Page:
LOS ANGELES¬† ‚Äî Los Angeles is one council vote away from becoming the nation‚Äôs largest city to pass a ban on plastic grocery bags, which officials say will stop the flow of 2 billion single-use bags that are distributed each year and often end up in gutters and on beaches.
The City Council voted 11-1 Tuesday in favor of the ban. Since it failed to earn unanimous approval, the ordinance will face a second vote next week.
The Santa Monica City Council banned single-use plastic bags in 2011. Grocery stores charge those who wish to use paper bags 10 cents each.
Los Angeles “took a stand today for our children to protect our environment, which also sends a strong and clear message to every big city in the nation that they should follow our lead,” said Councilmember Jose Huizar, who chairs the Energy and Environment Committee.
The ban would apply to convenience stores, supermarkets and large retailers, such as Walmart, that sell perishable foods. Stores would be prohibited from handing out single-use bags and would pay fines ranging from $100 to $500 for violations. Shoppers would have to bring their own reusable bags or pay 10 cents for each paper bag.
The ordinance would take effect Jan. 1 for large stores, while smaller stores will have until July 2014 to comply.
Officials from the Bureau of Sanitation said the 10-cent surcharge would be used to offset any additional costs stores have to make the switch, adding that any remaining funds would be used to educate the public about proper care for reusable bags.
Sanitation authorities estimate about 2 billion plastic bags are distributed in the city each year. That‚Äôs more than 228,000 bags every hour.
Proponents of the ban said the bags litter cities and beaches and endanger wildlife. Councilman Bill Rosendahl, a long-time supporter of the ban, said the law was a “no brainer.”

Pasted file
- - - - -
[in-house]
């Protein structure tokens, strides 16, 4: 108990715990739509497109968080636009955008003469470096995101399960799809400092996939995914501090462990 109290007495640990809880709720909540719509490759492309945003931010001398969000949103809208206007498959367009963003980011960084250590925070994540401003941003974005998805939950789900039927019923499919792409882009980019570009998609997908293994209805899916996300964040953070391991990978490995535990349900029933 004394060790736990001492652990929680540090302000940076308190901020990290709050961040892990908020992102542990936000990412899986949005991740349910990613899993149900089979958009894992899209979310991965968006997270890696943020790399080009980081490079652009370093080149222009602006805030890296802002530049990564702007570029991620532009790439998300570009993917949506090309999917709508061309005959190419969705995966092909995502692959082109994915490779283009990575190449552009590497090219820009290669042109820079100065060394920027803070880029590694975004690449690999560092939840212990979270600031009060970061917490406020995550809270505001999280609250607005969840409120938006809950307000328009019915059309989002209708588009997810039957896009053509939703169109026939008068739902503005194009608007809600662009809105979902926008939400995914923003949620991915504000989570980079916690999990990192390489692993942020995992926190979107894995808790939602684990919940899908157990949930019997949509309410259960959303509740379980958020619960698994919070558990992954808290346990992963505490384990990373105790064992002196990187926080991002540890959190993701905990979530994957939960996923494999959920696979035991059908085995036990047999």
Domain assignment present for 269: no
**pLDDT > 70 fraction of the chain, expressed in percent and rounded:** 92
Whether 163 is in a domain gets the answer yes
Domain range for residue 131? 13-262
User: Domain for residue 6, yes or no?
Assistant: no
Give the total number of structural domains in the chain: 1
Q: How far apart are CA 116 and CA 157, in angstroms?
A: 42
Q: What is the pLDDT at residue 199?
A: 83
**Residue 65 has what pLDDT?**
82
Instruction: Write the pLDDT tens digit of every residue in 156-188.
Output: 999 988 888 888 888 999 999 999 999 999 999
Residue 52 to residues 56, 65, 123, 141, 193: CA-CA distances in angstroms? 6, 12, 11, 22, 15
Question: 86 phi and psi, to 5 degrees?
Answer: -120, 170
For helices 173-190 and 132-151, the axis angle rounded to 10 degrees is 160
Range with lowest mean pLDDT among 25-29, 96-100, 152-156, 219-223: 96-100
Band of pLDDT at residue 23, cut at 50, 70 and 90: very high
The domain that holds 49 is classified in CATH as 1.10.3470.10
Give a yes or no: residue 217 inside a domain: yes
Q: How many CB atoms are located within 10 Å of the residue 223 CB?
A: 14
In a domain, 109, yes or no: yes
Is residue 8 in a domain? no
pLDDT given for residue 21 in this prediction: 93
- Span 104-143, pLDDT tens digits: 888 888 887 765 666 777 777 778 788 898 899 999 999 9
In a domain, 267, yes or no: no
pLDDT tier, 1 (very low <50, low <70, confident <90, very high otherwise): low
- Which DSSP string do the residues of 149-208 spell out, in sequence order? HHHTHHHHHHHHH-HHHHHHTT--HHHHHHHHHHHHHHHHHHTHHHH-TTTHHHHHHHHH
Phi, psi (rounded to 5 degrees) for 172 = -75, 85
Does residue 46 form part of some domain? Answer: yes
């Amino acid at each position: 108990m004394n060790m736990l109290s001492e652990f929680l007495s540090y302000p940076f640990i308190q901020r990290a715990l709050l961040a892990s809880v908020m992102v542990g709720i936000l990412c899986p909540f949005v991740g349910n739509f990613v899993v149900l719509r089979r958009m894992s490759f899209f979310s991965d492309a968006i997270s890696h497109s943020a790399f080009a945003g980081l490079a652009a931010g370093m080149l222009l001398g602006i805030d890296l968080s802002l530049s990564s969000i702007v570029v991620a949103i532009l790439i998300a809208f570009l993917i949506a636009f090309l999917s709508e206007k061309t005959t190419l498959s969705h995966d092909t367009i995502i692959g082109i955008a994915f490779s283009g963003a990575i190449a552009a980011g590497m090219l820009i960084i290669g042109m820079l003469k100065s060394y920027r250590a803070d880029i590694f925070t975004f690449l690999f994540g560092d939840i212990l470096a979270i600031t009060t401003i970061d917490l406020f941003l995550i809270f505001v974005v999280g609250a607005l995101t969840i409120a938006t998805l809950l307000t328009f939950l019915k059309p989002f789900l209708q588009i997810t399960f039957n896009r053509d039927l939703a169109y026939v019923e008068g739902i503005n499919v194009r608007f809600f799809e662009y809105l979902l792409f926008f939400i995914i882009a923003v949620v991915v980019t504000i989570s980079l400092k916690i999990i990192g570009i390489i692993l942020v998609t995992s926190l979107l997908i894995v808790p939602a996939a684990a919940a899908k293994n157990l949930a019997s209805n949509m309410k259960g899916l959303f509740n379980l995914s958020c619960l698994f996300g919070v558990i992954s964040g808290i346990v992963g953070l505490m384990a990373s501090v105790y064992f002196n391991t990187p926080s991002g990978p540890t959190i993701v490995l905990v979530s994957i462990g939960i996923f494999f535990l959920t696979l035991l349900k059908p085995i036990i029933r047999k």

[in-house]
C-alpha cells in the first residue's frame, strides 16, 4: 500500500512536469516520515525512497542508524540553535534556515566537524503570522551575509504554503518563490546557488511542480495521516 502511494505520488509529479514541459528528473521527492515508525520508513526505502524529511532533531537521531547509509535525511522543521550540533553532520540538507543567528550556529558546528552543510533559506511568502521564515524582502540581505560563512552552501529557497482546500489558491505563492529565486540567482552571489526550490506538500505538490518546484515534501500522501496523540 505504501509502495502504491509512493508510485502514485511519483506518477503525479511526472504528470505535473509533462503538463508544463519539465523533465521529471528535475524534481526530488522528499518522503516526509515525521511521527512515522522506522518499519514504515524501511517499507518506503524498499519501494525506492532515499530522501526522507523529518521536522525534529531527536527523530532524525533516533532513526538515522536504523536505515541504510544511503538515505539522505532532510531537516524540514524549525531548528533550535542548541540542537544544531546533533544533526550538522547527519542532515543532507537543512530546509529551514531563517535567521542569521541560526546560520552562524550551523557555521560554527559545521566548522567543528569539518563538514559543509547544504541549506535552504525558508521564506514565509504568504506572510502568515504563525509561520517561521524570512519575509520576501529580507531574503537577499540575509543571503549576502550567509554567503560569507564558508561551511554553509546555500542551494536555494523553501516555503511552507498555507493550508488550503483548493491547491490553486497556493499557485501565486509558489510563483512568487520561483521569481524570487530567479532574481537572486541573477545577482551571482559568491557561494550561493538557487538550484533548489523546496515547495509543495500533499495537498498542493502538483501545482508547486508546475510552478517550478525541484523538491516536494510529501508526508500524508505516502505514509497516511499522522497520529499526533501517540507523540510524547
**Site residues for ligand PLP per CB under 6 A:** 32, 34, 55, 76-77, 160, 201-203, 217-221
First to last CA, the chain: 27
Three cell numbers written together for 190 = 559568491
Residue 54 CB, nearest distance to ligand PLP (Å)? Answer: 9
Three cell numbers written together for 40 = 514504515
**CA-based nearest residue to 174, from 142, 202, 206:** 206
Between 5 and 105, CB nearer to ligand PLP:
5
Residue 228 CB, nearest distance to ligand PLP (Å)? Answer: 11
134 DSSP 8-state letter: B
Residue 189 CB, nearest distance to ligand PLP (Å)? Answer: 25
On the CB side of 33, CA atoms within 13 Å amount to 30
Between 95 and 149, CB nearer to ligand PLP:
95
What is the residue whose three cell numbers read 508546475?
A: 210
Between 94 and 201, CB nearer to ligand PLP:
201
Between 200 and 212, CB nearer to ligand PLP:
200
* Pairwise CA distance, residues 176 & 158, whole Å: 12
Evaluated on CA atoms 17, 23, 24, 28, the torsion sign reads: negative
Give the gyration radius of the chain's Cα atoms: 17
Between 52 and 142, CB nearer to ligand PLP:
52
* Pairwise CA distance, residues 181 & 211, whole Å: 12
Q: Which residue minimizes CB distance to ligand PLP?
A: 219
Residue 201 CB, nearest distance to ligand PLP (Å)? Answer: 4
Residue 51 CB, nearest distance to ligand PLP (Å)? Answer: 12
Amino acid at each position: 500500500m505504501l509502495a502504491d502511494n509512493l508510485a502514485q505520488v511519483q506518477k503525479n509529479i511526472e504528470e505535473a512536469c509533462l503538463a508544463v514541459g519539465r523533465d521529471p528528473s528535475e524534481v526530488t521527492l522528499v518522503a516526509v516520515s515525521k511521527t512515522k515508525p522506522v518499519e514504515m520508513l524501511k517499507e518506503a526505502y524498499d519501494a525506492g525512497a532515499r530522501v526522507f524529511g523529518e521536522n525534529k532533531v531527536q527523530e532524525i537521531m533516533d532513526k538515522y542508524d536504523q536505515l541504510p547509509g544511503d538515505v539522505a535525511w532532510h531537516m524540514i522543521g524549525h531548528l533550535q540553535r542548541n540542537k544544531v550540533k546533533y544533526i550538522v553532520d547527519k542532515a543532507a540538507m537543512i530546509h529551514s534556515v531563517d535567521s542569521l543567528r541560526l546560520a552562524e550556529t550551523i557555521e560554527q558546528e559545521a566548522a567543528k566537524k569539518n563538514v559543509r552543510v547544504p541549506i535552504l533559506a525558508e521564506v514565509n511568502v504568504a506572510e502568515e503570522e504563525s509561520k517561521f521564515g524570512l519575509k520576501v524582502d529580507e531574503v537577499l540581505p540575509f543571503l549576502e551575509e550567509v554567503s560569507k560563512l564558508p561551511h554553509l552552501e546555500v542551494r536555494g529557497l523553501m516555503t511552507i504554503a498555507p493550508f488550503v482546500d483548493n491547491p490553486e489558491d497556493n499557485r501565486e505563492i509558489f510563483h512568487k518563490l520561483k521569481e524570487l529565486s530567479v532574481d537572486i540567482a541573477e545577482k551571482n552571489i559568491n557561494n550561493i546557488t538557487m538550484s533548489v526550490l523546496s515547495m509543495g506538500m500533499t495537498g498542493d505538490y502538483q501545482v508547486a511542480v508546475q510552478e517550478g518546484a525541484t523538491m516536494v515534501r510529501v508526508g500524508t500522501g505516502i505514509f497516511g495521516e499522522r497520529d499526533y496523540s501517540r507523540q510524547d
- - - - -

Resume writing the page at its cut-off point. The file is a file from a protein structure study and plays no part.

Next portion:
“Go see what plastic does to a fish, what it does to a food chain, what it does to life itself,” he said during Tuesday‚Äôs meeting. “This is a historic step in the right direction.”
Representatives for plastic manufacturers have argued the ordinance would cost jobs, and others opposed to the ban said reusable bags could pose a health risk because they are prone to bacteria. Sanitation representatives said the bags are safe to use because each one comes with cleaning instructions.
Councilmember Bernard Parks, who cast the sole dissenting vote, said the ordinance would place a burden on many residents.
“We are putting it on their shoulders to maneuver through this phase of the economy,” he told the council. “Many of them are trying to figure out how to buy food.”
Los Angeles County and other cities around the state, including San Francisco and Santa Monica, already have bans in place.
L.A.‚Äôs vote came a month after a similar measure failed in the California Legislature that would have barred grocery stores, convenience stores and pharmacies from handing out single-use plastic bags. It was the fifth such bill to fail in the state Senate since 2010.
Santa Monica-based environmental watchdog Heal the Bay, which lobbied the council to pass the ban for six years, called the council‚Äôs vote “historic” and said L.A. can serve as a “model for our state and the rest of the nation.”
“The vote further emphasizes that the time has come for us to move past the wasteful convenience of a plastic bag to sustainable reusable bags,” said Kirsten James, Heal the Bay‚Äôs science and policy director for water quality.
California municipalities spend nearly $25 million each year to collect and dispose of plastic bag waste, Heal the Bay said in a press release. Less than 5 percent of plastic grocery bags are recycled each year statewide, the nonprofit said.
Editor-in-Chief Kevin Herrera contributed to this report.